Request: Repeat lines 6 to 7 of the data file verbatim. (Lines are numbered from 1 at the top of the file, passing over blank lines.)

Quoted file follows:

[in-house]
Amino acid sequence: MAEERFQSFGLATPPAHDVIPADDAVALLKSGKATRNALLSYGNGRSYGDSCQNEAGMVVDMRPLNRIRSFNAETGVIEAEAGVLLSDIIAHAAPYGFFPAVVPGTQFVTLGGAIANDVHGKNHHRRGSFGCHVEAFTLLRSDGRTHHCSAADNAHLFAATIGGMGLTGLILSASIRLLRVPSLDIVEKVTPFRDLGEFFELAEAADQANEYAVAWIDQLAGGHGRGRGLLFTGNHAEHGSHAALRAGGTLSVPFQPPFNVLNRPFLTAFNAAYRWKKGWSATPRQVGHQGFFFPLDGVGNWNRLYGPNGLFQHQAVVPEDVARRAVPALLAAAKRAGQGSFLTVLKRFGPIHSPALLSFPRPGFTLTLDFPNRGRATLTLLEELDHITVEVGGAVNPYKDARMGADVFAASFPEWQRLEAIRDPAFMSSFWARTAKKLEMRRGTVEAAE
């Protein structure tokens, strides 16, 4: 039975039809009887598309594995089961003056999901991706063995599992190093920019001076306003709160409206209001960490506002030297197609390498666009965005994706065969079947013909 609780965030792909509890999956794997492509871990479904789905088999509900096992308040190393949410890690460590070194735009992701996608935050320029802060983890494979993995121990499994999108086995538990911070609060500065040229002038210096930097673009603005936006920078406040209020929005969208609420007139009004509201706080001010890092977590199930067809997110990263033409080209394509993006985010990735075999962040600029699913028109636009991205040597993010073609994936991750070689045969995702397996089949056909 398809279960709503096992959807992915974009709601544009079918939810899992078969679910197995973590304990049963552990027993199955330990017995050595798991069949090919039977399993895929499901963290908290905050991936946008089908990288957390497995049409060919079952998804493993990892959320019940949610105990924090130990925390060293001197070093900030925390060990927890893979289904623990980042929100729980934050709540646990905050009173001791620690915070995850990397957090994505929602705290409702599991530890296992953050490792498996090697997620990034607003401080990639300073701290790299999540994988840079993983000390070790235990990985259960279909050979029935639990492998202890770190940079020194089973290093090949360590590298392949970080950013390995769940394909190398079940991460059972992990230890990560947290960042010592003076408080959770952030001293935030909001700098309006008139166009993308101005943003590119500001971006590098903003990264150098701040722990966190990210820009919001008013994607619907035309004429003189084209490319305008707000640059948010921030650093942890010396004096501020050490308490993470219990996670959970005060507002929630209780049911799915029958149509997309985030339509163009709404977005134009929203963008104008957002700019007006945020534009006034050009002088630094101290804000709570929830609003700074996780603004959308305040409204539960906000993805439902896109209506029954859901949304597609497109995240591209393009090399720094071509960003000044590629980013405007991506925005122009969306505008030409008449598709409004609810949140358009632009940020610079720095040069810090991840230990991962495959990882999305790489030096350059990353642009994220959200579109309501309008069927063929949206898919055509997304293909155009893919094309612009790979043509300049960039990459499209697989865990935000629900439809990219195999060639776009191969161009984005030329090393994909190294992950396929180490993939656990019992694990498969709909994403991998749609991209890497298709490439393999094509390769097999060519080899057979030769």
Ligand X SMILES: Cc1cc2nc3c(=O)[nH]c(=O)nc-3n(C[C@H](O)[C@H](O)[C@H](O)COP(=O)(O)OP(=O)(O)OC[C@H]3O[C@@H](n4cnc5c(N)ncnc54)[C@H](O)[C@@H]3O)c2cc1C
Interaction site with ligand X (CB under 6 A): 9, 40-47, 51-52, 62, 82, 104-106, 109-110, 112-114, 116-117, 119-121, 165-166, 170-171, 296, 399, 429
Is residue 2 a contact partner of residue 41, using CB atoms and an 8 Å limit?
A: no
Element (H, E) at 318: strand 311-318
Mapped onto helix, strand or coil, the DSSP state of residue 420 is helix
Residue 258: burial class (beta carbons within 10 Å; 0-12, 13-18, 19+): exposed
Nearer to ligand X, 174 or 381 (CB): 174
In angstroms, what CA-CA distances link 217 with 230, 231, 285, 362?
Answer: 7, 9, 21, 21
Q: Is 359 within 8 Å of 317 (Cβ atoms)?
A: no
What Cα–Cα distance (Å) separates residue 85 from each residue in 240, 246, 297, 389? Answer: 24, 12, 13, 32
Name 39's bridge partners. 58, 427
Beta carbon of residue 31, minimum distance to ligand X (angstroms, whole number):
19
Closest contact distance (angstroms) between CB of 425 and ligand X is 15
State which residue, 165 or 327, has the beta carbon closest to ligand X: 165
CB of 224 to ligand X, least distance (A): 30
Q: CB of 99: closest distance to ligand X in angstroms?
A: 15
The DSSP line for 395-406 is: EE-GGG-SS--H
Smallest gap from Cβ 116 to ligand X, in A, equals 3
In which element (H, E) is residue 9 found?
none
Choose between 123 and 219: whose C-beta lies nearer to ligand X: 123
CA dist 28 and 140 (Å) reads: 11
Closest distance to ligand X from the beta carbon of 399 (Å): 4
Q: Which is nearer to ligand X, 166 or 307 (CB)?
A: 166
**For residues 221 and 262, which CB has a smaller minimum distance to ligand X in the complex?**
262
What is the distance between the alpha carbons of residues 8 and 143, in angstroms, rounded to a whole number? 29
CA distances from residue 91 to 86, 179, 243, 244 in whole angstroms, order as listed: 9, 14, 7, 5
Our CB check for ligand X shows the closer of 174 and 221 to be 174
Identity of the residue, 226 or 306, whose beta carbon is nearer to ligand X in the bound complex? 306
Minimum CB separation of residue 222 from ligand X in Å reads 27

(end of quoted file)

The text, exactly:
Is residue 2 a contact partner of residue 41, using CB atoms and an 8 Å limit?
A: no